A: I would have an attorney look at the will and the deed to this house. Generally, if you are not on the deed, you would have no rights to this property when she passes unless she included you in her will. Unfortunately, paying the utilities will not arise to any property rights
Q: My step-mom held a benefit and called it a “benefit for the family of Jack Allen”. She used her churches tax ID number for benefit donations. My dad did not have life insurance and was not able to save money. It was my understanding per her that the money was going to bury my dad’s ashes and the costs along with that. Now after the benefit and she has all the money she says she is not burying him. His ashes are still in an urn under her cellar steps. Instead she is keeping the money for her and my 24-year old meth addict brother. Is she breaking the law keeping the money? Can we make her spend the money on him? I do not care if some money is left and she keeps it. I want nothing to do with the money except for it to go towards my dad’s burial. (McKeesport, PA)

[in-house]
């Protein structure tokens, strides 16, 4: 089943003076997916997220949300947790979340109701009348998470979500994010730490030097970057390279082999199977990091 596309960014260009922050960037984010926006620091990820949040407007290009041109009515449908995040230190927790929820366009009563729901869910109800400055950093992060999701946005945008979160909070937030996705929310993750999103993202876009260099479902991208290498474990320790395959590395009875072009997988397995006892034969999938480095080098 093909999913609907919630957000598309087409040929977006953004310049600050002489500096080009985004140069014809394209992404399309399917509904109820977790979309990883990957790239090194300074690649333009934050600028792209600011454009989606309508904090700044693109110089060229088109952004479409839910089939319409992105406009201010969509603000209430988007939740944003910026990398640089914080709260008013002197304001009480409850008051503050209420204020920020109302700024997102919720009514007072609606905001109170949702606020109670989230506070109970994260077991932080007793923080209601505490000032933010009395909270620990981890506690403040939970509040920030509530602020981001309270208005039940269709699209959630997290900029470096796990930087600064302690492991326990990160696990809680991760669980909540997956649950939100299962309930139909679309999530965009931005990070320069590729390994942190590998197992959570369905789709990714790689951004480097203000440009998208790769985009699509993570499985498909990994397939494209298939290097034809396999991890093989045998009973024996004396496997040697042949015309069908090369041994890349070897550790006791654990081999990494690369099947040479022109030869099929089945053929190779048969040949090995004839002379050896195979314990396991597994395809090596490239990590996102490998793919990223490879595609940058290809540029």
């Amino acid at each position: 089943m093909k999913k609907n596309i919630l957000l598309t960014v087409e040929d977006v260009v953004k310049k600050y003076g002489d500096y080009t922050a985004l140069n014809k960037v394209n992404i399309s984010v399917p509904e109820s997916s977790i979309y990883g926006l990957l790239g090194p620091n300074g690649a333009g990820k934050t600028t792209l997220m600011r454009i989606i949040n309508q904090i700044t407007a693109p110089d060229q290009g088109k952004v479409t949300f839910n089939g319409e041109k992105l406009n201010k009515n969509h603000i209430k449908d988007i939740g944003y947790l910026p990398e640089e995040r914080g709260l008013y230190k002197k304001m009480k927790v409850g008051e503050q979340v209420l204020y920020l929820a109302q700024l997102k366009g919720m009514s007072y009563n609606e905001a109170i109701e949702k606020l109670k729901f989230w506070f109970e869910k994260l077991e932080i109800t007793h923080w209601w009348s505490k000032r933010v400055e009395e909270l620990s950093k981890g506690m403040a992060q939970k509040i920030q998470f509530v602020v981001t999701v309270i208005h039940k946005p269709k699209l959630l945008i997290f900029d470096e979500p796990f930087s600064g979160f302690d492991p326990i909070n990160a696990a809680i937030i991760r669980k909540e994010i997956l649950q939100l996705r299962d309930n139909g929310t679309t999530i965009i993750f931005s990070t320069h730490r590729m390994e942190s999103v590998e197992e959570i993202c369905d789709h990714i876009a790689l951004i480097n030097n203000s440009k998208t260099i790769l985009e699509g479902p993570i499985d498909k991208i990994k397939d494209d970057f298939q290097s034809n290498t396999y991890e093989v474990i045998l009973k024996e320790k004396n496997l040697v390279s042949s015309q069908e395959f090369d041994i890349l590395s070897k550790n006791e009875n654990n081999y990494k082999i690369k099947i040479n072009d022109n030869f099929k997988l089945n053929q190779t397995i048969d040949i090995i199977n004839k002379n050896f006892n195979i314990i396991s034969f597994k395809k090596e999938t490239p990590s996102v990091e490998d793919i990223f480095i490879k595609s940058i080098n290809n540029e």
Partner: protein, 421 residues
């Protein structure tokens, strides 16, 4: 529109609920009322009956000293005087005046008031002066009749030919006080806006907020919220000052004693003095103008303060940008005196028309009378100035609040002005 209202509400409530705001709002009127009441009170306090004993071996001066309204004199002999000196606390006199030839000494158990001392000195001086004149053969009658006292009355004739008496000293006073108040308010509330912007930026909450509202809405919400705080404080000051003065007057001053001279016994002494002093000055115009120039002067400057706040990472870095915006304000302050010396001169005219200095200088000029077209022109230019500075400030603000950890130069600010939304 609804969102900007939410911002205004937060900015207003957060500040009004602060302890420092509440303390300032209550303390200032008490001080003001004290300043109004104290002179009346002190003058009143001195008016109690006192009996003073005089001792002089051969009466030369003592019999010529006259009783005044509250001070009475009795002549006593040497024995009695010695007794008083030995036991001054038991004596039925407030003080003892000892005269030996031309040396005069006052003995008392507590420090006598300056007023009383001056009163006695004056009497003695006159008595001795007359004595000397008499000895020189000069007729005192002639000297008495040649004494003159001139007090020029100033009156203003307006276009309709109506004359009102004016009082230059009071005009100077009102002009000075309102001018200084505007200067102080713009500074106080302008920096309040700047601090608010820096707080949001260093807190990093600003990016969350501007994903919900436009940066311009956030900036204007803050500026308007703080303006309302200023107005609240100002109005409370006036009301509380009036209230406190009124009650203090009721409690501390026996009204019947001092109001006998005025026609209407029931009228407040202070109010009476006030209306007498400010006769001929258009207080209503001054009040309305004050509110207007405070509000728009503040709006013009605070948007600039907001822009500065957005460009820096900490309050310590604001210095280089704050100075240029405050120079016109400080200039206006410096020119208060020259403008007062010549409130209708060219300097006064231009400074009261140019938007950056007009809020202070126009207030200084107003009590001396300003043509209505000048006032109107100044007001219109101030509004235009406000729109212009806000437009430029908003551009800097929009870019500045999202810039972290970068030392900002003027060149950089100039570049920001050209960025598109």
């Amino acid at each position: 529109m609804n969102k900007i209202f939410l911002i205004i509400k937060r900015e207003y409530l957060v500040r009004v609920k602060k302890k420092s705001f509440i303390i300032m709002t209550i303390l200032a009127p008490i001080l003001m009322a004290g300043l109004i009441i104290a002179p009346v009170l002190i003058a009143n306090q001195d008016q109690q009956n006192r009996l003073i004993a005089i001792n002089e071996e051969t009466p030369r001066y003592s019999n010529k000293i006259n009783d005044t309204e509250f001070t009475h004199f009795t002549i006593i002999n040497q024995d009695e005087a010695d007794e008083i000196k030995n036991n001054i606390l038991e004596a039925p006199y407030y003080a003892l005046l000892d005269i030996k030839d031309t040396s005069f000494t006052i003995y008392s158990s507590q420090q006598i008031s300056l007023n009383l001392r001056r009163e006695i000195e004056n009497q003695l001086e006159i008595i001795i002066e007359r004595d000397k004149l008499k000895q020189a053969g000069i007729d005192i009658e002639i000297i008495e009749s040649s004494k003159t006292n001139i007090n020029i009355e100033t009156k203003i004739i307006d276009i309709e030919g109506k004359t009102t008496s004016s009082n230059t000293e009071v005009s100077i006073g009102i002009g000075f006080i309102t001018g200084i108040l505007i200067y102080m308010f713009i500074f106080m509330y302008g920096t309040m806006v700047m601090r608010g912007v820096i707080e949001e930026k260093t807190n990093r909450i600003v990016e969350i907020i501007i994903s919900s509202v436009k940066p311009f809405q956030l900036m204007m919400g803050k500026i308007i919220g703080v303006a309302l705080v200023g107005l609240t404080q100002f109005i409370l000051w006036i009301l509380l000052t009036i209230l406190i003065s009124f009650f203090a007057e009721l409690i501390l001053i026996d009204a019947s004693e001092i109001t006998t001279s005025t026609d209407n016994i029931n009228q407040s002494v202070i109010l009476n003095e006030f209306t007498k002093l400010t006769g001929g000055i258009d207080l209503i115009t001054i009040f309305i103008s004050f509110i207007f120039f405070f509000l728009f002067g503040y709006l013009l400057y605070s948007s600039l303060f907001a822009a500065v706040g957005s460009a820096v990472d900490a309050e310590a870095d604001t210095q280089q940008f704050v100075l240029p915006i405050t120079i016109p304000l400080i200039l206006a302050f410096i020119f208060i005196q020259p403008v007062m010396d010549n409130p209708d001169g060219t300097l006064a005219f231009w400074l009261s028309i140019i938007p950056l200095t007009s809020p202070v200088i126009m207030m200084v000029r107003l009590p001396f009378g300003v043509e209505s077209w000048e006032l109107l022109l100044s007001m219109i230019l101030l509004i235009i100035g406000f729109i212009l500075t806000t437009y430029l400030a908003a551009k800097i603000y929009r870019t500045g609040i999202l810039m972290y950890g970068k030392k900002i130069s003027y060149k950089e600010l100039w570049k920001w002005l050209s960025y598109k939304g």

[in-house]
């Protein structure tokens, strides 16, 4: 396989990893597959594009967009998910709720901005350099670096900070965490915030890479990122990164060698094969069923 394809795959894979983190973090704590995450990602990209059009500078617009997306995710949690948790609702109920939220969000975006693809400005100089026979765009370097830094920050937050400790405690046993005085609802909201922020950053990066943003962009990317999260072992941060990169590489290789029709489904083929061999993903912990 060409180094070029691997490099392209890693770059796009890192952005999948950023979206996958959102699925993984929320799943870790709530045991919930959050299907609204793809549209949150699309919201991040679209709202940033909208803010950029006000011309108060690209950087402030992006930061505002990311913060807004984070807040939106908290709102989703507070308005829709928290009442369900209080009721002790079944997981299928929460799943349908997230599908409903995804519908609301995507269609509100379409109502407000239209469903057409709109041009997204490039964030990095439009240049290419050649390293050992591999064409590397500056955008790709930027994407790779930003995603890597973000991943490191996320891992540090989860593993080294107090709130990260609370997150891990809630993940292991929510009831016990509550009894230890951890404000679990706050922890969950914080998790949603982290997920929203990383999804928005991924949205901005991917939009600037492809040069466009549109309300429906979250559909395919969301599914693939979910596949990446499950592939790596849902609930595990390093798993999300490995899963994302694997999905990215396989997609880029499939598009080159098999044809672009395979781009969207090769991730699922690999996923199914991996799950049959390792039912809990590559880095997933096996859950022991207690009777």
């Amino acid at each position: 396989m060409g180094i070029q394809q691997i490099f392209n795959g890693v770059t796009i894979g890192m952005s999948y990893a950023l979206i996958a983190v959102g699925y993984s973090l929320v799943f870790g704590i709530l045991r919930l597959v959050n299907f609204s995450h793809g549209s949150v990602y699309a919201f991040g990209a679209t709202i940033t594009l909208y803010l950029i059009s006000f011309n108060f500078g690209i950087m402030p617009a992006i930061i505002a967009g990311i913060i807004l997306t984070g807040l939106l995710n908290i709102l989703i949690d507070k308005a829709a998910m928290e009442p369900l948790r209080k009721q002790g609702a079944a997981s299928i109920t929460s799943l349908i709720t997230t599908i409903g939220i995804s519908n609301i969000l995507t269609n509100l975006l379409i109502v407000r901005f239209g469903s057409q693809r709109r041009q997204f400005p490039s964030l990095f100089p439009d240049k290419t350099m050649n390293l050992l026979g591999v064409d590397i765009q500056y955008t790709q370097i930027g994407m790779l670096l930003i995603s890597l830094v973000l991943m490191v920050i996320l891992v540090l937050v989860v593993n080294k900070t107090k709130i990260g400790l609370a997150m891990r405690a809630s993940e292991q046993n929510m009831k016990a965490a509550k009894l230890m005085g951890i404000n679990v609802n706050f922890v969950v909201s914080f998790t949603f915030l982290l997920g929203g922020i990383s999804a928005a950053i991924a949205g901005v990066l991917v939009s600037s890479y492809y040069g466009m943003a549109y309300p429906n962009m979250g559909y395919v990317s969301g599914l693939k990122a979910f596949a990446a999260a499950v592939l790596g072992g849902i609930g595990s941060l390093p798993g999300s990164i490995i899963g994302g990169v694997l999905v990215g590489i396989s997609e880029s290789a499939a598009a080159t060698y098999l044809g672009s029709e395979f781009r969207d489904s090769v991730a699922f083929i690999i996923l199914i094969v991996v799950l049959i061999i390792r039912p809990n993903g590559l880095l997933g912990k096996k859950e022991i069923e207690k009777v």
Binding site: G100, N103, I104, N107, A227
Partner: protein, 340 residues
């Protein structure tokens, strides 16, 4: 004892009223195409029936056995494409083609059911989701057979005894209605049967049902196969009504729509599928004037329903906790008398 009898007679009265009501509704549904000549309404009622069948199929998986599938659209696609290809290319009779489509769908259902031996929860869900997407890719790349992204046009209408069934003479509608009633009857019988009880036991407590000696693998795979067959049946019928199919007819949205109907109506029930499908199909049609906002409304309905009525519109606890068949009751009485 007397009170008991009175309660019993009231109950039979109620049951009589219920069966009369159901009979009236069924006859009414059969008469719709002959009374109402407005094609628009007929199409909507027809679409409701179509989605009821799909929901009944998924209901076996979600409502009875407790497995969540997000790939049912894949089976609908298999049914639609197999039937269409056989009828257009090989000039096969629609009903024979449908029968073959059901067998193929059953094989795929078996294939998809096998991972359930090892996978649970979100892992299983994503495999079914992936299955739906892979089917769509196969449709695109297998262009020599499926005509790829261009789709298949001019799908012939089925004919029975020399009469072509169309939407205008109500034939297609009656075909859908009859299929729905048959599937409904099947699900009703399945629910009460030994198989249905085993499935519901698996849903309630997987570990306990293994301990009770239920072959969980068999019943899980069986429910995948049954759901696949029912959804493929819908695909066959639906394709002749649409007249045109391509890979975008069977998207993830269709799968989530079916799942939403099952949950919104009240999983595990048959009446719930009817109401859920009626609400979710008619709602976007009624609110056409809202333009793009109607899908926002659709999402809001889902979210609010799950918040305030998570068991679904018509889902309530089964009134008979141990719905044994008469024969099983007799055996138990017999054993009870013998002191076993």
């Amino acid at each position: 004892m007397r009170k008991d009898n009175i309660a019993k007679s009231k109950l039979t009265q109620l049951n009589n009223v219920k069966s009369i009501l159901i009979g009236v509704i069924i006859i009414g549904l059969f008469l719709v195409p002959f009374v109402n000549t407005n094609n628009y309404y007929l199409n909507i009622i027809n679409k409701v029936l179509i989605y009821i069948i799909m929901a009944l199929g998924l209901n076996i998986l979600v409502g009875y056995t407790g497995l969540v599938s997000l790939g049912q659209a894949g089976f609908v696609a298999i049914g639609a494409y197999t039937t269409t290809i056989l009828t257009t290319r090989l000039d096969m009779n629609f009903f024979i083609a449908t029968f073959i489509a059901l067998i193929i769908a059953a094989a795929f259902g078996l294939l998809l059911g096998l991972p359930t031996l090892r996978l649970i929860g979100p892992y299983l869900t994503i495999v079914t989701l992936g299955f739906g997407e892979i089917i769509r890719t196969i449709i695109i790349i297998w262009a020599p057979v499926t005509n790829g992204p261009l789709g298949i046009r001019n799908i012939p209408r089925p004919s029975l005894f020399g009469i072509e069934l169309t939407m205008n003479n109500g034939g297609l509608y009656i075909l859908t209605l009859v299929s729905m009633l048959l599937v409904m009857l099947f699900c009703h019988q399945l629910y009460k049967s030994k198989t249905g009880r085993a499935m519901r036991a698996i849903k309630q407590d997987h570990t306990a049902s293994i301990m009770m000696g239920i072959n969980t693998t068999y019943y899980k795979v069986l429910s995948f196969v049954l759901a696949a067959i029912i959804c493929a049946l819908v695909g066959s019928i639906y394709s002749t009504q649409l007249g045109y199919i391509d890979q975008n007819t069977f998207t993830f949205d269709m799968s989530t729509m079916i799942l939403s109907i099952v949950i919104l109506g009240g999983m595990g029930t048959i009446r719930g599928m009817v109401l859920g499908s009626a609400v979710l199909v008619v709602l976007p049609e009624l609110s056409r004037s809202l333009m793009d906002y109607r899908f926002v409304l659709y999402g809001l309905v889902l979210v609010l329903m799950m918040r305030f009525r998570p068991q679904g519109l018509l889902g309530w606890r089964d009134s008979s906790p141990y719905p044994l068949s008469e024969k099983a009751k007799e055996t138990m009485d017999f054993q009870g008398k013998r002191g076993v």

A: If the clear purpose of the event was to raise money to bury Jack Allen, and the money is not being used for that purpose, there is an appearance of fraud or misrepresentation. You might want to call the District Attorney in your County to see if they would want to be involved. You might also want to see a lawyer. If he did not have a will, you may have standing to petition the court to be executor and open an estate. If you were executor, you would have standing to petition the orphan’s court to be involved in seeing that the money is used for his burial.
Q: Mother accrued a lot of medical bills throughout her lifetime due to illness. She didn’t own anything but a vehicle and some personal belongings so her estate will not have much to pay back her debt. Her estate would mainly be medical bills prior to her getting on Medicare and Medicaid. Will her kids be responsible to pay those bills now that she has passed? Can they garnish our personal assets? (Beechview, PA)